Open justice means being allowed to take notes in court

"There is no good reason why the starting point should be that note-taking is not allowed unless permission has been sought and granted"

Bringing the litigants in from the cold: Litigants attending case management conferences

In research I’m leading at the moment on whether there is undue delay in New Zealand High Court civil proceedings, co-funded by the NZ Law Foundation, I’ve been reflecting on the flow of information between the courts and litigants. The traditional model is that courts do not communicate directly with litigants. Lawyers are the agent …

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Innovating legal services – LawFest report

I attended the rather awkwardly named LawFest in Auckland this week, now in its seventh year, but a first time for me. It is a one-day event on legal technology and innovation and I was interested to see what was happening in New Zealand. The answer is, quite a bit, although we still lag compared …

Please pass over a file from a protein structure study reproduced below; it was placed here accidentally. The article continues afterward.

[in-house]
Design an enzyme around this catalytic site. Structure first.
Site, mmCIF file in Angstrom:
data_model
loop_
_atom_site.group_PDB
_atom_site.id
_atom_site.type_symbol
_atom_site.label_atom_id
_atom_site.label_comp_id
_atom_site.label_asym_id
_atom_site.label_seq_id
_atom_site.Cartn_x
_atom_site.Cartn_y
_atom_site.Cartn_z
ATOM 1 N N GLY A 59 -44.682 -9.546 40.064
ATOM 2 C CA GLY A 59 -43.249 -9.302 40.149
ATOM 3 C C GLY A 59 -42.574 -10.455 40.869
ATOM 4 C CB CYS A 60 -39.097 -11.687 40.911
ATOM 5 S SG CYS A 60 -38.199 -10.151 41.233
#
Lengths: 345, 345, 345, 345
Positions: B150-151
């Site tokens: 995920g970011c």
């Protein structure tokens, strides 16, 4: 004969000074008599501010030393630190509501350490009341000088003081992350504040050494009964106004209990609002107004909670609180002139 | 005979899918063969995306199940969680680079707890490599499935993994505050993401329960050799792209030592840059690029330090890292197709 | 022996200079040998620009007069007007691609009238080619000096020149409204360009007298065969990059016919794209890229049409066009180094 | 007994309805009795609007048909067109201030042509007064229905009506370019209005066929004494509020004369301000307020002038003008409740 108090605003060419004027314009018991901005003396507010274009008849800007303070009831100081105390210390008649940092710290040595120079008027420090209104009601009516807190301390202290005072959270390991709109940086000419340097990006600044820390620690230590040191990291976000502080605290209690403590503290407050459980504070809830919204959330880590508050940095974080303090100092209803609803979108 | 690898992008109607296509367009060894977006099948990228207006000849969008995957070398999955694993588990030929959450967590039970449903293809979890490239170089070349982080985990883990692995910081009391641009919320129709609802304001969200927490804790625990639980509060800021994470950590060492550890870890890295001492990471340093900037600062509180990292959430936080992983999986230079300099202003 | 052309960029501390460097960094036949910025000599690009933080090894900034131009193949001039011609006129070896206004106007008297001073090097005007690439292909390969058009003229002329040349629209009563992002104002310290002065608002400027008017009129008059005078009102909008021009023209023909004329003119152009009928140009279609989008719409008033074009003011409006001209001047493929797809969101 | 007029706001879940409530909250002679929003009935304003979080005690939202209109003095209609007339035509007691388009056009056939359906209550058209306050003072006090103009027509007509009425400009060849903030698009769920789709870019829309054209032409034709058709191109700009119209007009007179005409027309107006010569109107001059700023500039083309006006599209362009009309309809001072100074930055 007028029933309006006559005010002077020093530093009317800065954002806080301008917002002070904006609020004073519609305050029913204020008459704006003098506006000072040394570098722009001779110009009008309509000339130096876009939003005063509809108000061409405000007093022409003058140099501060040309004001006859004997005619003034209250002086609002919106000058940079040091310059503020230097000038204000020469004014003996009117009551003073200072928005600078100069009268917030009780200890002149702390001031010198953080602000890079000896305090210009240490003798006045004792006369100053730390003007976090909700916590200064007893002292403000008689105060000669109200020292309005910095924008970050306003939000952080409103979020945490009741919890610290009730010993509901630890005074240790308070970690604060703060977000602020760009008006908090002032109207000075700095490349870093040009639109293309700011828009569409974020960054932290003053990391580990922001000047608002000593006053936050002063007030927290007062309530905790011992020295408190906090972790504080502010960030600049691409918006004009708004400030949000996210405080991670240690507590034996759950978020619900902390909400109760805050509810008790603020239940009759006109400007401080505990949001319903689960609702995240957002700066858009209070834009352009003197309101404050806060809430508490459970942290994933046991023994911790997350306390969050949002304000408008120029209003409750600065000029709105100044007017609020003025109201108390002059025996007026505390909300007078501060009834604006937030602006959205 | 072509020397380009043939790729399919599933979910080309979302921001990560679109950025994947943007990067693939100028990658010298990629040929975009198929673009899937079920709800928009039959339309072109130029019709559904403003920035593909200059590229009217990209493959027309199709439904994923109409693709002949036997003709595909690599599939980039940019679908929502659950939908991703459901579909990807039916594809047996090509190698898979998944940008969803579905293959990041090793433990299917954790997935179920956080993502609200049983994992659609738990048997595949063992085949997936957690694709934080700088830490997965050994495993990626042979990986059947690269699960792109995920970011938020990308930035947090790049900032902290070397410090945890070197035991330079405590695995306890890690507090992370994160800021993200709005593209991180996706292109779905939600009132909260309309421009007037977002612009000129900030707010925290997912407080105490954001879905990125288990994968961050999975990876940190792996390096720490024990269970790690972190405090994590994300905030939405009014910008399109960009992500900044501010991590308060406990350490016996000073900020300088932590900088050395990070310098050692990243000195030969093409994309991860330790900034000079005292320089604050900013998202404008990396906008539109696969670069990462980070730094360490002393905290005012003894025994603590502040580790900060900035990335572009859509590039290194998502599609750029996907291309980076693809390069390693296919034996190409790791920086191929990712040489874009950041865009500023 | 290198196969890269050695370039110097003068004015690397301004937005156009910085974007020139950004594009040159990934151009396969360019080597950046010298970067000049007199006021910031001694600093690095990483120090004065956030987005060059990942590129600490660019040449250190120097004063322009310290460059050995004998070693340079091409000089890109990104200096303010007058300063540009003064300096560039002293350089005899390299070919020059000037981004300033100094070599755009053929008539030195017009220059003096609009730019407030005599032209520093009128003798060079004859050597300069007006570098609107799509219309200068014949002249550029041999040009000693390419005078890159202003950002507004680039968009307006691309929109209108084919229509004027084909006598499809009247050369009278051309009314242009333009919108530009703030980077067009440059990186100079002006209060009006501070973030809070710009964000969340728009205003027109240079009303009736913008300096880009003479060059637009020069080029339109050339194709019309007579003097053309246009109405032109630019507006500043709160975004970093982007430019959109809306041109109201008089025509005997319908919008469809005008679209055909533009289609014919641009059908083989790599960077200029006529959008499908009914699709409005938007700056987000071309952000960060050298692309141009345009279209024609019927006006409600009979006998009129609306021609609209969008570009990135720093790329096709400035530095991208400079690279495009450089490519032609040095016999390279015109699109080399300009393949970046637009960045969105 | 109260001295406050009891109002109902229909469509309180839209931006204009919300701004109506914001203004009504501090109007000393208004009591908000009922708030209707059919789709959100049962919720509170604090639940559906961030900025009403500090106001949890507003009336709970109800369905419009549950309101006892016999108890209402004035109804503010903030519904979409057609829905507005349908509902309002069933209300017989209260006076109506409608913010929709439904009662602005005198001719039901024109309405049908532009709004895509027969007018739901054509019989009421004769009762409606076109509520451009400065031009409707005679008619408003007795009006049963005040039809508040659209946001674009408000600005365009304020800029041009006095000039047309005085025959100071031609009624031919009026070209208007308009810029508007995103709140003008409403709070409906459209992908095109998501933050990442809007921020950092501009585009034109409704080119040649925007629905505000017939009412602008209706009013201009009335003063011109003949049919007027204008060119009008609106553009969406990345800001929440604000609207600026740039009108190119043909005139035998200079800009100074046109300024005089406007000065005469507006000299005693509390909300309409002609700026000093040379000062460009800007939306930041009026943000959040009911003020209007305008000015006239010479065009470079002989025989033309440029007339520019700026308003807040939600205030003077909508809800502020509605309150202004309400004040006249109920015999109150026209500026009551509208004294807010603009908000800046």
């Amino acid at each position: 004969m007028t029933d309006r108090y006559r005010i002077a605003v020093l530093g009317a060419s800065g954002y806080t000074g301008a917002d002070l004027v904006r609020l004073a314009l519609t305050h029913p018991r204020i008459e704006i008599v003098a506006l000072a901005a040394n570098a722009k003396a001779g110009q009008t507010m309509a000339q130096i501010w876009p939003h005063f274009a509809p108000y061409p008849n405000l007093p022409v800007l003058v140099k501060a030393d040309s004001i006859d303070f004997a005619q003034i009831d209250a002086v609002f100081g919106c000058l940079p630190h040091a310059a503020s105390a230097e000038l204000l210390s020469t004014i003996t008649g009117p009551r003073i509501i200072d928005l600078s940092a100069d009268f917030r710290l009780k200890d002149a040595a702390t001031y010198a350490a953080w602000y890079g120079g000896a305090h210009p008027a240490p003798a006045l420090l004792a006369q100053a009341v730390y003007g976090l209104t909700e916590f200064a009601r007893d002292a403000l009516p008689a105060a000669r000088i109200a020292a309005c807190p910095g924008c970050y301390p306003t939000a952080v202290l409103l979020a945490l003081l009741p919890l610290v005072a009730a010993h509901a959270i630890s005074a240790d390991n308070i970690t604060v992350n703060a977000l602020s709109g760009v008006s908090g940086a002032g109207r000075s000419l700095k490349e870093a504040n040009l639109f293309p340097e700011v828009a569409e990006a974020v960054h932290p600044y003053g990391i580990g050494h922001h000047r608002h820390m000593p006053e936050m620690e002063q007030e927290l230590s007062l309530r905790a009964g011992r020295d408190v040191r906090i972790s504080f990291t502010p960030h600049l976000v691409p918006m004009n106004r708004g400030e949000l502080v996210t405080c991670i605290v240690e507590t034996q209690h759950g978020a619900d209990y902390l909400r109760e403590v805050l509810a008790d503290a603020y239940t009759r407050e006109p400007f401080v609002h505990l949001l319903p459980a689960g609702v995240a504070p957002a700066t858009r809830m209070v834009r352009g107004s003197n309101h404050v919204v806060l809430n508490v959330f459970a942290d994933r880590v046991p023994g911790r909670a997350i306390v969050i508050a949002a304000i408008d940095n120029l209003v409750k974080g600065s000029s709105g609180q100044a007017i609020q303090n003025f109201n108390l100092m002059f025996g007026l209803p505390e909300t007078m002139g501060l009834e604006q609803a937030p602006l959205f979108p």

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Junior Barristers as McKenzie Friends – a new form of affordable legal assistance?

The decision in Craig v Slater (2017) NZHC  874 is a very interesting one for access to legal assistance. The case involves two now notorious characters – Colin Craig, a politician, and Cameron Slater, a blogger. My interest here is in the decision to allow a paid McKenzie friend to sit next to Mr Craig …

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Triage – a clinical cover for under-resourcing?

Triage is a concept long associated with managing medical emergencies. The OED defines it as: The assignment of degrees of urgency to wounds or illnesses in order to decide the order or suitability of treatment. Triage is done is three categories (hence the “tri”) with “1” being the most urgent and “3” the least. The …

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A Field Trip to the Bankruptcy List

I’ll come clean now about the fact that one of my favourite things to do in whatever town or city I’m in is to go into a court that is in session and watch. It isn’t everyone’s idea of tourism but I love to see the different styles of courtrooms, watch the local lawyers, and …

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Can we please stop talking about “Rolls Royce justice”?

I’m suggesting we drop the inaccurate, elitist analogy of "Rolls Royce justice" and choose our words and images more carefully. We use analogy because it is powerful; so let’s find a better one.